The Factual Background
On December 27, 1973, the United States filed a Contempt Petition charging that Respondents, in violation of this Court's Final Judgment in United States v. United States Gypsum Co., et al., 340 U.S. 76, 71 S. Ct. 160, 95 L. Ed. 89, Civil No. 8017 (D.D.C. May 15, 1951), inter alia engaged in a conspiracy ". . . beginning sometime prior to 1960 and continuing thereafter at least until sometime in 1973 time prior to 1960 and continuing thereafter at least until sometime in 1973. . . to (a) raise, fix, maintain and stabilize the price of gypsum board; and (b) fix, maintain and stabilize the terms and conditions of sale thereof; and (c) adopt and maintain uniform methods of packaging, handling and delivery of gypsum board." (Contempt Pet. para. 16).
On the same day the Contempt Petition was filed in this Court a federal grand jury in Pittsburgh, Pennsylvania indicted sixteen corporate and individual defendants, including each of the eight Respondents named in this proceeding, charging them with price fixing in violation of Section 1 of the Sherman Act, 15 U.S.C. § 1. The substantive allegations of the indictment are virtually identical to those of the Contempt Petition. Two of the individual Respondents in this case were among the defendants who pled nolo contendere to the charges in the Pittsburgh indictment.
The remaining six Respondents
were convicted in July of this year after a four month jury trial. All of the Pittsburgh defendants have now been sentenced
and those who were convicted after trial are appealing their convictions to the United States Court of Appeals for the Third Circuit.
Motion to Dismiss
In granting Respondents' motion to dismiss on double jeopardy and due process grounds this Court is persuaded that to subject them to a second protracted trial for contempt of this Court's 1951 Decree, when that second trial would involve the same evidence of the same conspiracy for which they have already been convicted, would contravene the spirit and the purpose of the double jeopardy bar, would amount to harassment of Respondents and would violate the concepts of fairness on which that bar is based. Justice Marshall recently observed that "when a defendant has been once convicted and punished for a particular crime, principles of fairness and finality require that he not be subjected to the possibility of further punishment by being again tried or sentenced for the same offense."
Counsel for both sides have presented and discussed an array of cases dealing with the double jeopardy issue. Those cases and the unique circumstances involved in this contempt proceeding, however, indicate to the Court that the situation here presented involves one of first impression. All of the authorities cited by the Government can be readily distinguished; on the other hand, Respondents have relied principally on analogous cases, dicta or concurring opinions. Thus the resolution of this matter has become more difficult in the absence of directly applicable precedent.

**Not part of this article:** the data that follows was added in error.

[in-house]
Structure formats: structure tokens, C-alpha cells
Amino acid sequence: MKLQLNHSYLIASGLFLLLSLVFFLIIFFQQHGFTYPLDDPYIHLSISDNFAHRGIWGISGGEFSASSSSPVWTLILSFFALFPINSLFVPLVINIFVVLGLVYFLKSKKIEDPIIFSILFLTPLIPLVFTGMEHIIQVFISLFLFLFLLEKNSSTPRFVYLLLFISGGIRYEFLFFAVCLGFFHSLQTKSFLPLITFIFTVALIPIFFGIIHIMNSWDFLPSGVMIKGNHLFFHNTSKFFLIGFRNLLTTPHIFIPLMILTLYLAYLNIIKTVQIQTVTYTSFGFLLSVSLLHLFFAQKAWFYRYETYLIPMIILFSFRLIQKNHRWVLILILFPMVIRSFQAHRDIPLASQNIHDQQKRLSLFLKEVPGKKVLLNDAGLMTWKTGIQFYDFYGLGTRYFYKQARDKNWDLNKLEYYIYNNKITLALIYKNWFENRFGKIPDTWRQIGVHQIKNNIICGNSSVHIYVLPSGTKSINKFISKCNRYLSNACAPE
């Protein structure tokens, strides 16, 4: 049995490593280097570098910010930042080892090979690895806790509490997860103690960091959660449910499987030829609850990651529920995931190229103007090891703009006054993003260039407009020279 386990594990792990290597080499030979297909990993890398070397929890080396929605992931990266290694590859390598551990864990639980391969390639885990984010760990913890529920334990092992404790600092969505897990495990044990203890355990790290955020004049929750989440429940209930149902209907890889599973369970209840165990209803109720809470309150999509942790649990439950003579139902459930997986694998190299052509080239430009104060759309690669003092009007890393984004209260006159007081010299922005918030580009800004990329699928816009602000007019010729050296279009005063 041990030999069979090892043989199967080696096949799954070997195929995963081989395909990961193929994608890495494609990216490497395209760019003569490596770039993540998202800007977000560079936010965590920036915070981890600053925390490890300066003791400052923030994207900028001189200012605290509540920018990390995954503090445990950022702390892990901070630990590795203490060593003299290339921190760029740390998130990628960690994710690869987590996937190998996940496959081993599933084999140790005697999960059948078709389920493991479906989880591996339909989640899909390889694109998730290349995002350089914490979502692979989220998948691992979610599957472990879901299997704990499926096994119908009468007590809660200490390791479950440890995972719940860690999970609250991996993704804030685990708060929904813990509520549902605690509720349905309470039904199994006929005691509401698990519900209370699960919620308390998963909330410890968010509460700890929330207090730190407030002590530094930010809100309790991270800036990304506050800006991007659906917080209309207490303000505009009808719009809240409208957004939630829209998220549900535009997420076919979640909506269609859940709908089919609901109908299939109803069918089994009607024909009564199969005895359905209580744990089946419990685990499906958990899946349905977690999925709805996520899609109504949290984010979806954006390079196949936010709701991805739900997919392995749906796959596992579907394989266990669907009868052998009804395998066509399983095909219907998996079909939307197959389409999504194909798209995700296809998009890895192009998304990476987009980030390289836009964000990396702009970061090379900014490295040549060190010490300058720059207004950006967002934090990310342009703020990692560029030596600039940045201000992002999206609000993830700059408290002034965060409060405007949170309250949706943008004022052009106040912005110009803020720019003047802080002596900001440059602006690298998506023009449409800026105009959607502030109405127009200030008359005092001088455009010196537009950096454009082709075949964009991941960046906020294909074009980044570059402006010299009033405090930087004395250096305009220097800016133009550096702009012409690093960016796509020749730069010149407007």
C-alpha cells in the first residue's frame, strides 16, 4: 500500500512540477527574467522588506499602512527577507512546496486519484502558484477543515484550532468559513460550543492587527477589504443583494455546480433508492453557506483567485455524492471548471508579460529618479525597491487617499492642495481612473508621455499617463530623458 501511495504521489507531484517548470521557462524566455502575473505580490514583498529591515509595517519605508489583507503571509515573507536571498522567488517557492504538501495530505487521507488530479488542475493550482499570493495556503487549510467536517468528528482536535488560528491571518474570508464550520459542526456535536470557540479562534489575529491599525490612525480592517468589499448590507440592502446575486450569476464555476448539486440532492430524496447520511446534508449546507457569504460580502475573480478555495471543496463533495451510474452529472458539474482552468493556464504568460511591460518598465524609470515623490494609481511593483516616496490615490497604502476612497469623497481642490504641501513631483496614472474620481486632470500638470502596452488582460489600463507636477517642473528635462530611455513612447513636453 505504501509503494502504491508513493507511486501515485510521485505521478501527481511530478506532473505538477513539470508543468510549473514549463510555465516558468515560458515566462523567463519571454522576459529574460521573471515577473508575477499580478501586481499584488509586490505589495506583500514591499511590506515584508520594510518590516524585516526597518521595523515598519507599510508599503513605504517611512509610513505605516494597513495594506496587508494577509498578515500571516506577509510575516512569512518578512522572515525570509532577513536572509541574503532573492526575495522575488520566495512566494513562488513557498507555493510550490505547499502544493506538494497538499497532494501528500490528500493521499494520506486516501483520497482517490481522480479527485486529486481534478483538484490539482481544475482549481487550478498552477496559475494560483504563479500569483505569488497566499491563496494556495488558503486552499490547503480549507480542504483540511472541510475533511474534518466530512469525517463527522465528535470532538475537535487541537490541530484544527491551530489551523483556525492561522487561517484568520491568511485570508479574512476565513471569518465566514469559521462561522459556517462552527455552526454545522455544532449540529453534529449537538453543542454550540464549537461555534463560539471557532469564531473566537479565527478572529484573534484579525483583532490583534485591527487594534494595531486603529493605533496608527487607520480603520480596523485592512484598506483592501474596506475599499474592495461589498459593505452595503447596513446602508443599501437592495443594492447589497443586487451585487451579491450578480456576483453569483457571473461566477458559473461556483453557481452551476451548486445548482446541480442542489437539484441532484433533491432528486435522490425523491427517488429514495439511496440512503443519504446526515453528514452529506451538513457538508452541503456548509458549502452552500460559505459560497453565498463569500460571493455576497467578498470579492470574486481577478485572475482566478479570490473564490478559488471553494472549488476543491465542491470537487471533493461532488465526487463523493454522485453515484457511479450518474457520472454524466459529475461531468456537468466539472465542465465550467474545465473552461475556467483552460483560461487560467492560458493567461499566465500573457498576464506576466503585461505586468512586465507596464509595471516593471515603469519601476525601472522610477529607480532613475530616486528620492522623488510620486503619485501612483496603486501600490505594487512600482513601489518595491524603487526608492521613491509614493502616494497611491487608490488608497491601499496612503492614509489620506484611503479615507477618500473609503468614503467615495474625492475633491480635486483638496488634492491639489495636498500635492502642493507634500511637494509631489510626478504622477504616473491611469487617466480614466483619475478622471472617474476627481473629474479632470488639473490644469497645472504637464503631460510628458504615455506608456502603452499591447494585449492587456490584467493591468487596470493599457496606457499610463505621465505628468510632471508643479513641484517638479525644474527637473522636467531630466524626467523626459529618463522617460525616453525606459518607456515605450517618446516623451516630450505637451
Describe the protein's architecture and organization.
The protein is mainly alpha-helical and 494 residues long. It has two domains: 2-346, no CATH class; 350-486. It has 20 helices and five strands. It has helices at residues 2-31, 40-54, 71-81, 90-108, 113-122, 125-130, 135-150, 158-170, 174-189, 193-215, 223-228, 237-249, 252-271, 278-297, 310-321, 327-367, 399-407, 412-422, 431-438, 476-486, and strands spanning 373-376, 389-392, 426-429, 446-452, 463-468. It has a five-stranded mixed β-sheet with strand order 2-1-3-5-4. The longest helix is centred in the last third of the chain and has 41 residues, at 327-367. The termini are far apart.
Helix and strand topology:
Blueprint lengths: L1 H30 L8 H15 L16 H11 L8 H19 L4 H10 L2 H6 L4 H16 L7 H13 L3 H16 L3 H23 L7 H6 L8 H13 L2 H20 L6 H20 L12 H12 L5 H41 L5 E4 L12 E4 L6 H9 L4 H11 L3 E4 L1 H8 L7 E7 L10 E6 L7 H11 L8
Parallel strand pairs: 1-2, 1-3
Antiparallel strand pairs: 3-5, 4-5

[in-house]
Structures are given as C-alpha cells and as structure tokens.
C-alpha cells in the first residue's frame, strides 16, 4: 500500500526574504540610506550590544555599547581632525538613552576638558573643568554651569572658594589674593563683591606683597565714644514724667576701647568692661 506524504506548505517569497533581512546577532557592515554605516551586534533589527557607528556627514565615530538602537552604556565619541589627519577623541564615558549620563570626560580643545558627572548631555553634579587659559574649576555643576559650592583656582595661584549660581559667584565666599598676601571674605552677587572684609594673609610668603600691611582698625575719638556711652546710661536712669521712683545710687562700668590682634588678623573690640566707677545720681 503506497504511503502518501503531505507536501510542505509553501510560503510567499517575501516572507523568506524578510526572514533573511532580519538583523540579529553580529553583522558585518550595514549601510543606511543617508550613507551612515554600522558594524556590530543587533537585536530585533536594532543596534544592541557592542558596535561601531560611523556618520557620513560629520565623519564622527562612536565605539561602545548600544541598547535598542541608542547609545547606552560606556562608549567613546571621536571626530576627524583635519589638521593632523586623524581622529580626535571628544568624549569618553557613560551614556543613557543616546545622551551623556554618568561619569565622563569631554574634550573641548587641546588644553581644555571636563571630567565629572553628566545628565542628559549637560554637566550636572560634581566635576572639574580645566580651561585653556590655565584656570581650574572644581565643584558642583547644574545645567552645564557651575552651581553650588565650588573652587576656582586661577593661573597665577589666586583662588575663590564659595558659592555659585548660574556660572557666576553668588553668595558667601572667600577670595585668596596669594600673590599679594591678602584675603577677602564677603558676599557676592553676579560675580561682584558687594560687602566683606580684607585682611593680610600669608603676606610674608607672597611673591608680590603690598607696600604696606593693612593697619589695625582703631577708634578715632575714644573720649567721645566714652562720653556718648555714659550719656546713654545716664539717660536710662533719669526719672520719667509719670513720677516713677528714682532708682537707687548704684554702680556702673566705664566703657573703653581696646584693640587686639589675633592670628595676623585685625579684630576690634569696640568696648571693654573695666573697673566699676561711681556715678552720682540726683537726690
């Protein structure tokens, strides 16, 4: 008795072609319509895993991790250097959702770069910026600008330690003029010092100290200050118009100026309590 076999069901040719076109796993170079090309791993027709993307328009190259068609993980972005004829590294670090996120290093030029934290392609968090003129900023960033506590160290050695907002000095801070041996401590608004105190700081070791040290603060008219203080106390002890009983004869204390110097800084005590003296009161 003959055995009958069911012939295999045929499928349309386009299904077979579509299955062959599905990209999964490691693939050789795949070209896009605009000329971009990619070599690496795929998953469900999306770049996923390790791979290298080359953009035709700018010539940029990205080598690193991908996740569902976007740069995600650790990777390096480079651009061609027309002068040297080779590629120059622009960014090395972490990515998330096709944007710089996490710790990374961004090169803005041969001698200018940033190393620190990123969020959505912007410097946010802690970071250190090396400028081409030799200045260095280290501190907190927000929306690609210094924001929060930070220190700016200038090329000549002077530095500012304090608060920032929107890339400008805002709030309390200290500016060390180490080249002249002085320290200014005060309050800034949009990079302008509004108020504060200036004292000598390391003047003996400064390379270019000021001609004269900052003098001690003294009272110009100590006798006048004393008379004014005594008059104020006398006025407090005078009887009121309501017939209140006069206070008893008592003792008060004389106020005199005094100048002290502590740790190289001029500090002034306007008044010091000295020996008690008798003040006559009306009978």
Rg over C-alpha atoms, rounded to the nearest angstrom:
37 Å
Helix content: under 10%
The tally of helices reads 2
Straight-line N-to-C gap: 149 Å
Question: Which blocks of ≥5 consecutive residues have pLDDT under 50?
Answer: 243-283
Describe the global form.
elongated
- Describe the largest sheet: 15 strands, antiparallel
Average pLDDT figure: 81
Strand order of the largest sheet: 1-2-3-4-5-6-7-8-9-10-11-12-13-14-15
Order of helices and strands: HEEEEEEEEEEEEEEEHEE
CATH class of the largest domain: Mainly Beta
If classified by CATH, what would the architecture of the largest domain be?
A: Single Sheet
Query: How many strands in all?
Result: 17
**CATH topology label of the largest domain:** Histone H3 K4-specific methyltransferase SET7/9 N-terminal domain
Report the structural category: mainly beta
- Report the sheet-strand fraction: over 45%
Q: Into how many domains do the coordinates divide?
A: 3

The Government argues that two separate prosecutions arising out of the same price-fixing conspiracy, one for contempt and another for the substantive criminal violation, are permissible because different offenses are involved. According to the Government, the Sherman Act
and the criminal contempt statute
have different elements, protect different interests and were intended by Congress to be separate crimes. In support of its position, the Government relies on the "same evidence" test as articulated in Blockburger v. United States, 284 U.S. 299, 304, 76 L. Ed. 306, 52 S. Ct. 180 (1932):
Where the same act or transaction constitutes a violation of two distinct statutory provisions, the test to be applied to determine whether there are two offenses or only one, is whether each provision requires proof of a fact which the other does not.
In connection with this test, the Government argues that the wilful violation of the 1951 Decree must be proved in the pending contempt proceeding, but that wilfulness was not an element of the substantive crime for which Respondents were recently convicted. Since there are two separate offenses, it is urged that two trials and two punishments are not prohibited.
Contrary to the Government's submission, this Court is persuaded that the proper application of the "same evidence" test focuses not merely on a comparison of the statutory elements of these two offenses, but on whether either trial will involve any significant categories of proof absent from the other. Here it appears that the contempt proceeding will be a replay of the Pittsburgh trial with the exception that proof of a wilful violation of the 1951 Decree will be adduced in the contempt trial. With this exception, both prosecutions are based on the same alleged conspiracy -- a conspiracy involving the same products, the same time period, and the same geographical areas and which is alleged to have had the same purpose and effect. Both prosecutions will require proof of the same facts by means of the same evidence.
As the Government's counsel conceded in oral argument:
Your Honor, we went through a four-month trial, as has been pointed out in the argument today [on] the conspiracy charge. And the evidence and the factual issues in this trial are going to be the same as those issues that were tried in Pittsburgh. Transcript, October 17, 1975, at 113.